It’s the time of year when people evaluate the past year. Hopefully, it was a good one for you. But naturally, as human beings, we don’t always agree or act perfectly. We often say or do things that hurt someone we love.
Enter… the apology. But, it’s not so simple. It’s hard to apologize.
The apology is a complex thing. Sometimes I want to apologize but I don’t want to admit that I was wrong, yet I want people to apologize to me. I’m not sure why. Do I really believe someone after they say “I’m sorry?” Do you?
An apology is required when:
1) I feel bad about something I said or did; or 2) you feel bad about something I said or did.
An apology requires lots of thinking. Sometimes it takes a while to work through the events that occurred. It’s the moment I wish I could grab the words I spit out and shove them back in my big mouth and seal my teeth shut. But I know it’s too late. Once the words escape there is no putting them back. Did you ever try putting feathers back in a down pillow that’s been cut open? It’s impossible. It’s the same thing with your words, or when I realize that I was the cause of someone else’s hurt.
Apology #1- Why Can’t I Shut My Big Mouth?
It happened to me 12 years ago. The incident still remains fresh in my mind (and in the mind of the person I insulted), as if it were yesterday. A co-worker, someone I truly care for, came to the office wearing a dress unlike the ones she usually wore. She was recently promoted and in her attempt to take on a more professional image she chose this dress. I can’t remember the words I spoke, but I do remember (and so does she) that I made some ridiculous comment about the huge red flowers and how that wasn’t her best look!
I felt bad later that day. I apologized and she forgave me. But no matter how sincere my apology was, those huge red flowers remain in our relationship and will never go away. We speak of this often, both of us still cringing. I’m not sure if I feel worse about it or if she does.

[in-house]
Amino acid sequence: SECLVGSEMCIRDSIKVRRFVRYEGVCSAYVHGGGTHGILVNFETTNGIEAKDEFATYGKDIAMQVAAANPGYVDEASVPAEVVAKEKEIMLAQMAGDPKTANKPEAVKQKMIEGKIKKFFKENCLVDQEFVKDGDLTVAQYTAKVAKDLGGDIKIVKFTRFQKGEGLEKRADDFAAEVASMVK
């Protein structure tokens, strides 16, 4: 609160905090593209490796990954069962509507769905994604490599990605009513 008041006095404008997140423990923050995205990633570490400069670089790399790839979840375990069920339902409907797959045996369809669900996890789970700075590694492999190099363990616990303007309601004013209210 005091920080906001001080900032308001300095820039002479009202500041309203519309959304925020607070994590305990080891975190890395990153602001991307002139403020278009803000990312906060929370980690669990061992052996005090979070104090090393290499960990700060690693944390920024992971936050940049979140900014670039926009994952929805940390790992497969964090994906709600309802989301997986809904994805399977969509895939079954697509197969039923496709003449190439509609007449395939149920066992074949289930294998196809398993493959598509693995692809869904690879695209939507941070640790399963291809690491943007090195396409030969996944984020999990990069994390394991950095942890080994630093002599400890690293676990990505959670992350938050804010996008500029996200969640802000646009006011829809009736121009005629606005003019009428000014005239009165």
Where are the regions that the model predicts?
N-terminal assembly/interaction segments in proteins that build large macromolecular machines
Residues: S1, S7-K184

It’s easy to say the words, I’m sorry, but it’s hard to say them sincerely. And sometimes, even when you do, there is a lingering effect. The words are out there floating around in our relationship. We never know when they might show up again. I can’t bring those words back into my mind where they should have stayed. I said what I was thinking, without thinking about how it would affect the person I was speaking to. I hurt someone I didn’t want to hurt.
Apology #2- I was just trying to help
Another friend of mine was very upset with me when (with only my best intentions) I tried to fix up her single son with a girl I thought he might like. It seemed like a good match to me. My friend did not agree. She thought it was a terrible match. She told me she would be very upset if the relationship ever turned into something serious. I couldn’t understand, I saw it differently. Whether I agreed with her or not, she was mad at me.
Sure, I could try to deny my need to apologize by saying “What is the matter with her? I did nothing wrong. I was just trying to help.” But I know if I would have stayed with that thought, our friendship would have been broken. She was upset because of something I did.
Whether I agreed with her perspective or not, wasn’t the issue. We tried to talk it out, but there was no middle ground, absolutely nothing to agree upon, except our friendship.
That became my focus! I would never want to hurt her, upset her, or cause her any discomfort. But I did, and for that, I was sincerely sorry. Fortunately our relationship moved beyond that event. We never spoke about it again.
How to Sincerely Apologize
These incidents taught me a lot about apologizing. Ideally, it would be great if I never did or said anything to hurt someone, but as hard as I might try, I’m sure I will.
1. Realize someone has his/her own feelings about the incident that are different than mine.
My job isn’t to try to convince someone else to see it my way. When I hurt someone, I have to try to see what the other person sees. I know I can’t get the full picture, but I can get a better understanding. Surprisingly, this worked! I have less fights, less conflict and more peace in my relationships.
2. Make the relationship a priority, not my need to “be right.”
It’s so easy to caught up in a fight. But the only way to get out of it, is to step back and see the big picture. What’s more important, the relationship or the need to be right? My ego sweeps me away so quickly, that I forget who I’m talking to. Why would I want to put down someone I love just to prove that I am right? It doesn’t make sense. But that’s what happens.
A sincere apology happens when I put myself aside and value the relationship more than my own ego.
Lingering anger, harbored resentments, broken relationships interfere with your happiness. Now is the time to forgive and free yourself from old wounds.
Begin the new year with a clean slate; free, fresh, and forgiving!
Who do you want to apologize to?
Wishing you a happy, healthy, and peaceful 2015!